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Combining the culinary traditions of France and Vietnam resulted in the creation of the Vietnamese baguette. This crispy bread blends rice flour and wheat flour to produce bread that is shaped like a hoagie or submarine roll. For a traditional Vietnamese baguette, bakers mix yeast, salt, sugar, wheat flour and rice flour with water. The Vietnamese version is a lighter and crunchier baguette than the French version, which calls for using only wheat flour.
A baguette is a long, narrow loaf of bread that resembles a rolling pin with round ends. The French version traditionally may be up to 3 feet (about 1 meter) long. The cooked bread typically is around 2 inches (5 centimeters) in diameter.
Traditional Vietnamese baguettes are shorter than the classic French baguette, often only 1 foot (30 centimeters) long. The crust often has splits made in it to let steam escape as the bread bakes. Food historians believe the shorter length made the Vietnamese baguette more practical, particularly for busy workers. The smaller size makes the bread easier to manage when one eats and works simultaneously.
In Vietnam, bakeries and pastry shops mainly sell classic French pastries such as croissants and the traditional baguette. Street vendors are the main sellers of the local baguette. Using small coal-burning heaters, they keep dozens of baguettes at serving temperature. In Vietnam’s major urban centers, one can easily find vendors hawking hot baguettes and specialty sandwiches that utilize the baguettes as their foundation, especially during lunchtime.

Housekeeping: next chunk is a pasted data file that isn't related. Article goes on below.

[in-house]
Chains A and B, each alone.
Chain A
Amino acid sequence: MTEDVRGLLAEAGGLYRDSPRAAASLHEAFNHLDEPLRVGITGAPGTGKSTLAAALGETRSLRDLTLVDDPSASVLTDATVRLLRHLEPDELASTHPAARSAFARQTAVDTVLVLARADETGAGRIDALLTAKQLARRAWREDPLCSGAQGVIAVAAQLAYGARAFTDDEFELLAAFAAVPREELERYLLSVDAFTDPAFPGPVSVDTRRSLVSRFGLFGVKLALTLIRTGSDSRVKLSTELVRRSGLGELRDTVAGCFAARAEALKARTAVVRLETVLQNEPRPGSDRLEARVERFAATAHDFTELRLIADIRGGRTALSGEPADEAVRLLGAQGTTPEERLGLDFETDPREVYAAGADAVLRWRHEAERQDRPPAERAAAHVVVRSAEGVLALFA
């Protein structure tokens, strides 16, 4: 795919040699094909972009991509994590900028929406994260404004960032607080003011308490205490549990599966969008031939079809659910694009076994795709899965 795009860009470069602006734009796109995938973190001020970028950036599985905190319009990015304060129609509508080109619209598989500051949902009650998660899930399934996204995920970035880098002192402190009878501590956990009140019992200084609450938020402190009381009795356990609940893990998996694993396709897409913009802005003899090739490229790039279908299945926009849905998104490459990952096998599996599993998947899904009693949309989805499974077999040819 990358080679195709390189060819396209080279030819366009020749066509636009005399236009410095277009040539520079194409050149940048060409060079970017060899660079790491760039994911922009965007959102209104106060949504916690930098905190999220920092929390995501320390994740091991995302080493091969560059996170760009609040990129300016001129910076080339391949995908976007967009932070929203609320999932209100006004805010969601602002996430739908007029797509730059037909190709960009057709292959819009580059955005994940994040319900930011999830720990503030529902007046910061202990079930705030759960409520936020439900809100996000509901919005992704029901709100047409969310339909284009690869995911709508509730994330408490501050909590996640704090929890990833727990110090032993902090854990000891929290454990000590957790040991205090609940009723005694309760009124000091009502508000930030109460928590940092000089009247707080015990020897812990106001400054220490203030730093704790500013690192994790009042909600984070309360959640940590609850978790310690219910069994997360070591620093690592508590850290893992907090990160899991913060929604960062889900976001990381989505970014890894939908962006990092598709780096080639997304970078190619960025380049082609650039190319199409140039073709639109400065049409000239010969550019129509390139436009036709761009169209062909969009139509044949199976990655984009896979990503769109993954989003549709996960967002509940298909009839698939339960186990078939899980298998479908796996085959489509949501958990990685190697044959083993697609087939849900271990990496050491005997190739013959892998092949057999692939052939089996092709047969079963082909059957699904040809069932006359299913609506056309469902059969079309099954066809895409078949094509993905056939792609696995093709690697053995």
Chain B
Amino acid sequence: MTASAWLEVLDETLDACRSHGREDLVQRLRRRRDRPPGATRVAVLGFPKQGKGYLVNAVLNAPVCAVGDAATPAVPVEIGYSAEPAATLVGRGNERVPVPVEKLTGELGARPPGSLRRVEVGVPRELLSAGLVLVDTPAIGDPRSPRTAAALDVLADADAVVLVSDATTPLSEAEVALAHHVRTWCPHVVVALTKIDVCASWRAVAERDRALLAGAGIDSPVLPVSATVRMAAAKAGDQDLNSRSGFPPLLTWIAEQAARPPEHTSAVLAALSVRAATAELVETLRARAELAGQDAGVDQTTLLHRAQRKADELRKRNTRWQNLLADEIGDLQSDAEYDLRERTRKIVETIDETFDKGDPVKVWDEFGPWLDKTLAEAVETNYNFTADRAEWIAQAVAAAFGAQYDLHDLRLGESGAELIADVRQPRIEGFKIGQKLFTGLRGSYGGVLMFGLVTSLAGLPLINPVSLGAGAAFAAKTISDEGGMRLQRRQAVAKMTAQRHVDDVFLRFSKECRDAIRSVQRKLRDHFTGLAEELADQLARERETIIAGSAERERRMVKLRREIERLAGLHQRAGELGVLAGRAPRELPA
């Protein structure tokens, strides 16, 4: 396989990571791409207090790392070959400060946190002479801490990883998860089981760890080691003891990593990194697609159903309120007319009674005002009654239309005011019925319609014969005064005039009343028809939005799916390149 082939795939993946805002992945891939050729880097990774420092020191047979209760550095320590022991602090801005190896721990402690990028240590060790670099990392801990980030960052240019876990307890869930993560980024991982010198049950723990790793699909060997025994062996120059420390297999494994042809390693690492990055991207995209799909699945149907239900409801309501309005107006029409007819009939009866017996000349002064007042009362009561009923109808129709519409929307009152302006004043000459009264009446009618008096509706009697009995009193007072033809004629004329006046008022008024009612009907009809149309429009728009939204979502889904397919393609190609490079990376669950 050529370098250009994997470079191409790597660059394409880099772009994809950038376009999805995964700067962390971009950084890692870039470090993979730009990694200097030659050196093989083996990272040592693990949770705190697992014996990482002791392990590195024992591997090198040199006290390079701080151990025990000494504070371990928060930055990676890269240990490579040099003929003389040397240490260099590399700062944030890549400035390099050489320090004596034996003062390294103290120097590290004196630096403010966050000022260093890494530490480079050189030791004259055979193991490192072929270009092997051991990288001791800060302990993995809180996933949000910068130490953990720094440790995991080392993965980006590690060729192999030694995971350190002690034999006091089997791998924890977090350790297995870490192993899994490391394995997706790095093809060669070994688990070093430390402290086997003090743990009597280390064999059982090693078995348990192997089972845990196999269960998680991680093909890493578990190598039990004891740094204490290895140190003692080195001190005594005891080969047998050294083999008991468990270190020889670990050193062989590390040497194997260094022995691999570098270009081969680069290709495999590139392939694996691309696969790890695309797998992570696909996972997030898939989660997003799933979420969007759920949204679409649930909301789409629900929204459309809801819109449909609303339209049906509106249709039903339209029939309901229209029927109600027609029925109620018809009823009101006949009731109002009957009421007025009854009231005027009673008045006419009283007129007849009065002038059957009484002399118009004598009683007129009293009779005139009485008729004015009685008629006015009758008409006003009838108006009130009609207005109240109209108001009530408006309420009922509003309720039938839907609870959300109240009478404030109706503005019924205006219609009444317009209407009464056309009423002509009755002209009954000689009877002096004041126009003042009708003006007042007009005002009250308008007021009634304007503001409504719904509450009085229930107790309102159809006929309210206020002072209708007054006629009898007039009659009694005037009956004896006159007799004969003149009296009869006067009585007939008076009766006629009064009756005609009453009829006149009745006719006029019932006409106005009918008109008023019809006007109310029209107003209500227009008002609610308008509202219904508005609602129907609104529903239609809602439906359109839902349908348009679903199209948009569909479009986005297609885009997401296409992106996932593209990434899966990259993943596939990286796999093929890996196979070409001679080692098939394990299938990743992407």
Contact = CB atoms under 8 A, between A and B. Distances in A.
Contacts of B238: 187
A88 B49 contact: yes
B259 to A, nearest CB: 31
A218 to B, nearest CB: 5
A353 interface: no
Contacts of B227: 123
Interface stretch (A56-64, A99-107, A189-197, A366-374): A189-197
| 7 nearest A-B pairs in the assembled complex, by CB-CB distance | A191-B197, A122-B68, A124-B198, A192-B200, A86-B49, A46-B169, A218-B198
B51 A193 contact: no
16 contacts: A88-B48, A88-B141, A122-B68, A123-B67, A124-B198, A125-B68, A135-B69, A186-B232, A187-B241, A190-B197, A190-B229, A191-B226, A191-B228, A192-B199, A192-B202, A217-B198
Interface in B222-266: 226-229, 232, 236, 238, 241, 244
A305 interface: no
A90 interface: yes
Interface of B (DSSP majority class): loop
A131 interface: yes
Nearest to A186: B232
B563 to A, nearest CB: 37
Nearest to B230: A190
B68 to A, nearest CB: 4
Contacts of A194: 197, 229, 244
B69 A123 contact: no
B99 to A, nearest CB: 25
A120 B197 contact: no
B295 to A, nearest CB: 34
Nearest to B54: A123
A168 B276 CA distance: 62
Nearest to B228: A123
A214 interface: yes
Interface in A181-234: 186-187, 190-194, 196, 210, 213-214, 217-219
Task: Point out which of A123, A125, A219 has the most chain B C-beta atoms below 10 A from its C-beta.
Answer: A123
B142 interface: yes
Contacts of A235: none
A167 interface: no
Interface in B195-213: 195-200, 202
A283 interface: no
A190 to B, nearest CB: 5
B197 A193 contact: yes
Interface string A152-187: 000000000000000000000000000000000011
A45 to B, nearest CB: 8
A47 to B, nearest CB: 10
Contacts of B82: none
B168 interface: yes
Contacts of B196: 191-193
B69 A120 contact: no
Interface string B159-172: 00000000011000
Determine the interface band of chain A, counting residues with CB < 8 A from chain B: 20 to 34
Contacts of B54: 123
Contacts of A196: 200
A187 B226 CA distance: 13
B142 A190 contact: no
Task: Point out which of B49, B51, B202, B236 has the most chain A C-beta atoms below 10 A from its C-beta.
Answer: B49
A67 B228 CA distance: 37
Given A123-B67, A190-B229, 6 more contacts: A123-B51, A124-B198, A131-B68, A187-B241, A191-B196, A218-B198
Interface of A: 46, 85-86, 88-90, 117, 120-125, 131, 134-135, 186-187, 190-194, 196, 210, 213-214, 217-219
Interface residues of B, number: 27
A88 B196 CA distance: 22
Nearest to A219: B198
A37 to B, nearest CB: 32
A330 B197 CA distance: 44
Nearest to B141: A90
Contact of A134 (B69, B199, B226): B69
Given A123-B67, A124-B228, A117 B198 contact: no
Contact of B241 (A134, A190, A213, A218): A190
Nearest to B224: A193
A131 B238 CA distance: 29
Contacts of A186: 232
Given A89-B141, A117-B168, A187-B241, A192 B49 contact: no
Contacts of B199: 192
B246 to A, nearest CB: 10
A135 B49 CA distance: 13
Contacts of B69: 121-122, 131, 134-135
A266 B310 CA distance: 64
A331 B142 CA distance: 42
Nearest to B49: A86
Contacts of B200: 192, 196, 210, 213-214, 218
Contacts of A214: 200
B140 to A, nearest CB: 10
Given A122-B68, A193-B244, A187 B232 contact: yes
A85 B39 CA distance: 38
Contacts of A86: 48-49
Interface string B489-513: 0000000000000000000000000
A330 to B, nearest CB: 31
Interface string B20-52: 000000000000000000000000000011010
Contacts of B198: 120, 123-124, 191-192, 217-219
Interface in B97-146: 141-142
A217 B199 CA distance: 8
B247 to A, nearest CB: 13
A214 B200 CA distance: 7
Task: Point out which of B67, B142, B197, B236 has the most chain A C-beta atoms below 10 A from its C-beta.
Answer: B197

Since the creation of the Vietnamese baguette, bahn mi has been the local name for both the bread and the sandwiches made with it. Sandwich creations that have a Vietnamese baguette as the base use ingredients common in Asian cuisine. In Vietnam, one finds sandwiches that include shredded carrots, pickled vegetables, salad greens and mayonnaise. These core ingredients accompany a variety of meats that range from foie gras and shrimp to chicken or pork.
Bread was not a central part of the Vietnamese diet before the French arrived in the country in the 19th century. Wheat is not a common crop for this region of Asia. Contact with the French led to the development of a hybrid cuisine in Vietnam that survived long after the colonial relationship ended. The French not only introduced wheat flour to Vietnam but provided the expertise needed for the Vietnamese to develop the rice flour featured in the local baguettes.
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